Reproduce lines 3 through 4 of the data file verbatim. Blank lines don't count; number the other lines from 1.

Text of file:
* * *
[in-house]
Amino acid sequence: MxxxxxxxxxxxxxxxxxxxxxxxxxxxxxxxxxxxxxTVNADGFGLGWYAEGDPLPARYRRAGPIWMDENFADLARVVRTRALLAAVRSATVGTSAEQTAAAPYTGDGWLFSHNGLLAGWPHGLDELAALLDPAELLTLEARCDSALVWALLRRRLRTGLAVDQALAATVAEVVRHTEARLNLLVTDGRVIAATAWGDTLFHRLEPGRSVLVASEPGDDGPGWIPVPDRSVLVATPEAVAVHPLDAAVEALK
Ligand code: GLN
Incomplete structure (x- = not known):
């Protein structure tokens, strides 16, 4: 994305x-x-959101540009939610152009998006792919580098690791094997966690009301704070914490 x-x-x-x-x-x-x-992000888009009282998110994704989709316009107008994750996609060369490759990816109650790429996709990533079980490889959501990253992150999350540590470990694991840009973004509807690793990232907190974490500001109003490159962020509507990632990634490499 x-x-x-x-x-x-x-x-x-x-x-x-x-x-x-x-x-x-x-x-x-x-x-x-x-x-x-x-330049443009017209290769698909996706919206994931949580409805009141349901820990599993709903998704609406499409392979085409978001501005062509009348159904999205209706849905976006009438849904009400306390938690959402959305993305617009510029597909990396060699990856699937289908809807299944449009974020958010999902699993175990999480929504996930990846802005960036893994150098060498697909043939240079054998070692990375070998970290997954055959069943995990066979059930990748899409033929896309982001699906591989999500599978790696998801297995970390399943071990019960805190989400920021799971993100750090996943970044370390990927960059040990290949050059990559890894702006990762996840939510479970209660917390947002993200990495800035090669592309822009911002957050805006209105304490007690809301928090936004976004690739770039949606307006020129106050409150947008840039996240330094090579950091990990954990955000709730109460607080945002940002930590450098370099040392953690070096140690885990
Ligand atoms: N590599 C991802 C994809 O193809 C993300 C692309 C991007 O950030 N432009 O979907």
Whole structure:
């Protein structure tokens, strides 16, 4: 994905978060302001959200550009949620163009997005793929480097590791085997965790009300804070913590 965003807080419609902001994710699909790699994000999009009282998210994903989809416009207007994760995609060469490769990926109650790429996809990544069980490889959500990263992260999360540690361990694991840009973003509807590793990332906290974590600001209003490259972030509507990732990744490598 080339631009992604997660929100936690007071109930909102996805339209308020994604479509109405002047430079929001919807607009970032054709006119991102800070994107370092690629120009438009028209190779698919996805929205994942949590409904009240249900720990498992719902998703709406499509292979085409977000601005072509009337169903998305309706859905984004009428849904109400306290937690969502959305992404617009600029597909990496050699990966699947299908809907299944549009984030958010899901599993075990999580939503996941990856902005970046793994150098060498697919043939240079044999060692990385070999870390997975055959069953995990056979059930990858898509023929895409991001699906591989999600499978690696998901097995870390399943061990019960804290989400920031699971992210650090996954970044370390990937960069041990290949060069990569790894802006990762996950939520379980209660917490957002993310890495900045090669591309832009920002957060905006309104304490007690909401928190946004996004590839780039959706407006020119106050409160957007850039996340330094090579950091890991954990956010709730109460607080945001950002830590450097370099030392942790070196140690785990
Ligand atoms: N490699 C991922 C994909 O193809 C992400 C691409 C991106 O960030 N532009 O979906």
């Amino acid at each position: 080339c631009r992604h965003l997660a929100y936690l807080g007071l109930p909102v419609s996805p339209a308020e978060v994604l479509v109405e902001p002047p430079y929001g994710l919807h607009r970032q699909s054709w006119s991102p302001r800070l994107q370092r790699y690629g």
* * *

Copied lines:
Ligand code: GLN
Incomplete structure (x- = not known):